J.M.C. Hutchinson, A. Wilke & P.M. Todd 2008. Patch leaving in humans: can a generalist adapt its rules to dispersal of items across patches? Animal Behaviour 75: 1331–1349.

Despite Elsevier's endeavors to obscure the fact, Animal Behaviour allows authors to put a copy of the pdf on their personal WEB page. This is a lovely journal to publish in.

Download pdf file from here free.
Download supplementary material from here free.
doi: 10.1016/j.anbehav.2007.09.006 to access article via journal.


We overlooked one very relevant study by Hart & Jackson (1986) in which human subjects foraged for sultanas hung out on artificial bushes.

Here is a link to our companion paper on switching between anagram tasks.

The following paper is particularly relevant in showing that bumblebees succeed where humans failed: they can change from an incremental rule to a decremental one dependent on recent foraging experience. Biernaskie, Walker & Gegear (2009) Bumblebees learn to forage like Bayesians. Am. Nat. 147: 413–423.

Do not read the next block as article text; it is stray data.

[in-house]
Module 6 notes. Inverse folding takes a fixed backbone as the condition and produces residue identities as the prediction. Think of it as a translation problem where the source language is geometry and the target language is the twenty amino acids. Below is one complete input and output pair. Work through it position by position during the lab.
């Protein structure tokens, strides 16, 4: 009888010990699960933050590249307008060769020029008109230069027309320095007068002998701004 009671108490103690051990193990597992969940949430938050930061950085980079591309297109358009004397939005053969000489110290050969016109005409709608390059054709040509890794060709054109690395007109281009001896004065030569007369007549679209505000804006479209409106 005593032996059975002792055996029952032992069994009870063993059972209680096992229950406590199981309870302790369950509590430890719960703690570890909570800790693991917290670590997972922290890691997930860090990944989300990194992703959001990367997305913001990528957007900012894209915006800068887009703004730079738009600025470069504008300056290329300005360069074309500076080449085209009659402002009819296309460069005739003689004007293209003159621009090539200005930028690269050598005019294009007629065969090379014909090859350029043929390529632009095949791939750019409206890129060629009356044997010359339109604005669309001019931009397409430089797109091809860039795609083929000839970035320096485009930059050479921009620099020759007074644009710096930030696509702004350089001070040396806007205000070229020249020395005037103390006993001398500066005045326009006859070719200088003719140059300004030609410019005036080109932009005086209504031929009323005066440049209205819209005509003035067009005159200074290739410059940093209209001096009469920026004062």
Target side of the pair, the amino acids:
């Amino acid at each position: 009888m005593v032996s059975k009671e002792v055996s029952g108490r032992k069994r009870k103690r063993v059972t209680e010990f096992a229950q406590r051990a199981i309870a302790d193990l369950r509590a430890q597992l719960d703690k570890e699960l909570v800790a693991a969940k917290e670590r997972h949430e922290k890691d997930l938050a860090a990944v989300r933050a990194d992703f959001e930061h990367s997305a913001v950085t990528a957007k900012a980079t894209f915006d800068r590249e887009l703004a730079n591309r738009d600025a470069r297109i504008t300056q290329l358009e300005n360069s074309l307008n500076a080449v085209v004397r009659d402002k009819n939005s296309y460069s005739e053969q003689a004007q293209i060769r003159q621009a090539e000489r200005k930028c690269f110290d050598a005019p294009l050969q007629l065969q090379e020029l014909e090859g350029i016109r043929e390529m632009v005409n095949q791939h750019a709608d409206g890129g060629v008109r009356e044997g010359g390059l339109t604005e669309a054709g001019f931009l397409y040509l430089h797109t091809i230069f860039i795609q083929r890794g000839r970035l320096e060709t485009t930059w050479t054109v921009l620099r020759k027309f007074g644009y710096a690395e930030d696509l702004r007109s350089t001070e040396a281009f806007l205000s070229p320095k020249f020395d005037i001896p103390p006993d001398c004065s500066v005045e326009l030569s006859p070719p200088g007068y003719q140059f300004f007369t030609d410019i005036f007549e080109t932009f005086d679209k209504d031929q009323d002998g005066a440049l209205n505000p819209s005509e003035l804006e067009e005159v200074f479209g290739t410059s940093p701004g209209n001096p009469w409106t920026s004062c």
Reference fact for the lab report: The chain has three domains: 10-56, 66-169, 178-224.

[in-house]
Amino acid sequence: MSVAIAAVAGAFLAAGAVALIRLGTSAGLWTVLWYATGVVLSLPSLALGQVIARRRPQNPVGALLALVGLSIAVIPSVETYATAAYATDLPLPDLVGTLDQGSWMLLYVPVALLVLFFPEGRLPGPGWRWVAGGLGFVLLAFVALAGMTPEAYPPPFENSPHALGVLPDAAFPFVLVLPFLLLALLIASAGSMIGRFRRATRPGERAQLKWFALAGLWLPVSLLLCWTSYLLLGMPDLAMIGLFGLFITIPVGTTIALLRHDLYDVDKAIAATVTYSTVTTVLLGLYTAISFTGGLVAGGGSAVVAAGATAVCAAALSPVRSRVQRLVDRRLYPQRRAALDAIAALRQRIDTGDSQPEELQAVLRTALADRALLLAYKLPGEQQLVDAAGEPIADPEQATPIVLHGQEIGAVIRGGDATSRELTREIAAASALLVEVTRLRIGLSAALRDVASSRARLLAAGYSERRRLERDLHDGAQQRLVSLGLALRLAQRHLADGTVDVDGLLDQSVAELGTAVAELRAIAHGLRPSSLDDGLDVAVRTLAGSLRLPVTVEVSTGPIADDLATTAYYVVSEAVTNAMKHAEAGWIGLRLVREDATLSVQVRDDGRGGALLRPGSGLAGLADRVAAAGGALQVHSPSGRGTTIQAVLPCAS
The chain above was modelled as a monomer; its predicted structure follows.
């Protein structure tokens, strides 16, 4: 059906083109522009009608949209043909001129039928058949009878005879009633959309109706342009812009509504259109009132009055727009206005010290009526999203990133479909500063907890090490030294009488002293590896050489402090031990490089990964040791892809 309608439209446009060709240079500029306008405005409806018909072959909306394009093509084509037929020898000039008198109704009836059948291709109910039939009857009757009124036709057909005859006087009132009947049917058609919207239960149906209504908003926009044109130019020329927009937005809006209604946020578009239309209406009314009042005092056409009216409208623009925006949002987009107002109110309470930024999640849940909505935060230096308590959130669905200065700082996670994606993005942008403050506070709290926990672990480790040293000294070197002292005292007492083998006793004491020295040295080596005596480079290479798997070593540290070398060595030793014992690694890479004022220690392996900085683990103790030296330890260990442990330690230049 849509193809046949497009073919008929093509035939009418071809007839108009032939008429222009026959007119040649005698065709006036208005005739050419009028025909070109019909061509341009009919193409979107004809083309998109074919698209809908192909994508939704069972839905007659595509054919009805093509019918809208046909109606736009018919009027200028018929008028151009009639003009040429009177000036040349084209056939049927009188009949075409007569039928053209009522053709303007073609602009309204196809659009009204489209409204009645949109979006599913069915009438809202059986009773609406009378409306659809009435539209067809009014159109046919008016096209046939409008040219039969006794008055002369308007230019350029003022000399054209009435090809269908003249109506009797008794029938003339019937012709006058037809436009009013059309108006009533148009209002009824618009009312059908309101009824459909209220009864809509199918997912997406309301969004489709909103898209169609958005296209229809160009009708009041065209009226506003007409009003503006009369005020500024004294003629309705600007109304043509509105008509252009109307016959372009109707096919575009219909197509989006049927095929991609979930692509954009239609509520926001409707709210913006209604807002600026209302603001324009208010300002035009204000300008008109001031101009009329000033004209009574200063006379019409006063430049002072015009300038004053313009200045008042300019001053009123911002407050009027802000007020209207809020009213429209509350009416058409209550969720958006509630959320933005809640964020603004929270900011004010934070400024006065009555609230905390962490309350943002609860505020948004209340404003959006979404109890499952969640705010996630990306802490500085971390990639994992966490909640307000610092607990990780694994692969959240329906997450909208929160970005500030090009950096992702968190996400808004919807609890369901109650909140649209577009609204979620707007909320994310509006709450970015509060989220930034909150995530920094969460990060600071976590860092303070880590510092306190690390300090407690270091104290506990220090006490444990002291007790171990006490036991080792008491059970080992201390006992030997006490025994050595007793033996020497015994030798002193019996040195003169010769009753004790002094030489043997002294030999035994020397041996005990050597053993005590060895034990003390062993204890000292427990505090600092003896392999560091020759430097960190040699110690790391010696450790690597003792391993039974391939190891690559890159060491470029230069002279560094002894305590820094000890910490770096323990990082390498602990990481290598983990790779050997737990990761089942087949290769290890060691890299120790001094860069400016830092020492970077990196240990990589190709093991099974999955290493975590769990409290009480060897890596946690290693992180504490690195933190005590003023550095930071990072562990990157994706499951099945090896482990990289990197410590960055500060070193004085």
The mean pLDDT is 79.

Our work has stimulated another computer foraging game: Louâpre P., van Alphen J.J.M., Pierre J.-S., (2010) Humans and insects decide in similar ways. PLoS ONE 5(12): e14251.
The results are quite a contrast to ours and I discuss in an online comment on the article why this might be so.

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